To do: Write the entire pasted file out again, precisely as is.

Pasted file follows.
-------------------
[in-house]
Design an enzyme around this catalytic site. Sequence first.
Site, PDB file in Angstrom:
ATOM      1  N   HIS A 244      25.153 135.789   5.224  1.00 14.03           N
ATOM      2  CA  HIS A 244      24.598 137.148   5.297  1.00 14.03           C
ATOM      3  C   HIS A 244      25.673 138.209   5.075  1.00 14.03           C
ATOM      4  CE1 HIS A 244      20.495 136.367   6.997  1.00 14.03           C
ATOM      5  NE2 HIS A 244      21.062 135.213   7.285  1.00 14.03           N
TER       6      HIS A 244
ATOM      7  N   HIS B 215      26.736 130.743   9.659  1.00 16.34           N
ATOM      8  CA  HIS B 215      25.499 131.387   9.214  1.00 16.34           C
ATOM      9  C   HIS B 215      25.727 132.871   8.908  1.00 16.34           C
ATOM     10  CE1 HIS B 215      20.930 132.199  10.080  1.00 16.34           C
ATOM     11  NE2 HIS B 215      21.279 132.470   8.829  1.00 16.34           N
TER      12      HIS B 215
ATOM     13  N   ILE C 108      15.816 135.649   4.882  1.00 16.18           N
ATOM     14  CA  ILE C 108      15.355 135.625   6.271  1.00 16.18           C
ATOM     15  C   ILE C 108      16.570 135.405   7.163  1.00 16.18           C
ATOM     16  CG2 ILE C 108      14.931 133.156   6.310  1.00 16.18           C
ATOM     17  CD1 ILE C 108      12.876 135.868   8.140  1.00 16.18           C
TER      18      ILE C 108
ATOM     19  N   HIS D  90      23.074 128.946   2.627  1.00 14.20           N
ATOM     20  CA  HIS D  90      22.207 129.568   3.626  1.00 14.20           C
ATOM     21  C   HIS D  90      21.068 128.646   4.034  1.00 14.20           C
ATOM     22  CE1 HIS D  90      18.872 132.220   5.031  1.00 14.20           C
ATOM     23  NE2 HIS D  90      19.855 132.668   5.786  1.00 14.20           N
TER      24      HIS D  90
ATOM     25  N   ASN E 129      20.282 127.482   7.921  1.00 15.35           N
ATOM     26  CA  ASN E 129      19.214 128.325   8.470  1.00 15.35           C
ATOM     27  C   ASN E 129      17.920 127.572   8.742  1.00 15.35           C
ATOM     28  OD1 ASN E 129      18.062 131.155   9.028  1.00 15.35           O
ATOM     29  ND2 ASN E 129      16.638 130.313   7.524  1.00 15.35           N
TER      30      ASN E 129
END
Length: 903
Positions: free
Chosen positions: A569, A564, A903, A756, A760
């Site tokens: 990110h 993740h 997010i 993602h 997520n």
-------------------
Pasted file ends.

[in-house]
Design an enzyme around this catalytic site. Sequence first.
Site, PDB file in Angstrom:
ATOM      1  N   HIS A 244      25.153 135.789   5.224  1.00 14.03           N
ATOM      2  CA  HIS A 244      24.598 137.148   5.297  1.00 14.03           C
ATOM      3  C   HIS A 244      25.673 138.209   5.075  1.00 14.03           C
ATOM      4  CE1 HIS A 244      20.495 136.367   6.997  1.00 14.03           C
ATOM      5  NE2 HIS A 244      21.062 135.213   7.285  1.00 14.03           N
TER       6      HIS A 244
ATOM      7  N   HIS B 215      26.736 130.743   9.659  1.00 16.34           N
ATOM      8  CA  HIS B 215      25.499 131.387   9.214  1.00 16.34           C
ATOM      9  C   HIS B 215      25.727 132.871   8.908  1.00 16.34           C
ATOM     10  CE1 HIS B 215      20.930 132.199  10.080  1.00 16.34           C
ATOM     11  NE2 HIS B 215      21.279 132.470   8.829  1.00 16.34           N
TER      12      HIS B 215
ATOM     13  N   ILE C 108      15.816 135.649   4.882  1.00 16.18           N
ATOM     14  CA  ILE C 108      15.355 135.625   6.271  1.00 16.18           C
ATOM     15  C   ILE C 108      16.570 135.405   7.163  1.00 16.18           C
ATOM     16  CG2 ILE C 108      14.931 133.156   6.310  1.00 16.18           C
ATOM     17  CD1 ILE C 108      12.876 135.868   8.140  1.00 16.18           C
TER      18      ILE C 108
ATOM     19  N   HIS D  90      23.074 128.946   2.627  1.00 14.20           N
ATOM     20  CA  HIS D  90      22.207 129.568   3.626  1.00 14.20           C
ATOM     21  C   HIS D  90      21.068 128.646   4.034  1.00 14.20           C
ATOM     22  CE1 HIS D  90      18.872 132.220   5.031  1.00 14.20           C
ATOM     23  NE2 HIS D  90      19.855 132.668   5.786  1.00 14.20           N
TER      24      HIS D  90
ATOM     25  N   ASN E 129      20.282 127.482   7.921  1.00 15.35           N
ATOM     26  CA  ASN E 129      19.214 128.325   8.470  1.00 15.35           C
ATOM     27  C   ASN E 129      17.920 127.572   8.742  1.00 15.35           C
ATOM     28  OD1 ASN E 129      18.062 131.155   9.028  1.00 15.35           O
ATOM     29  ND2 ASN E 129      16.638 130.313   7.524  1.00 15.35           N
TER      30      ASN E 129
END
Length: 903
Positions: free
Chosen positions: A569, A564, A903, A756, A760
């Site tokens: 990110h 993740h 997010i 993602h 997520n």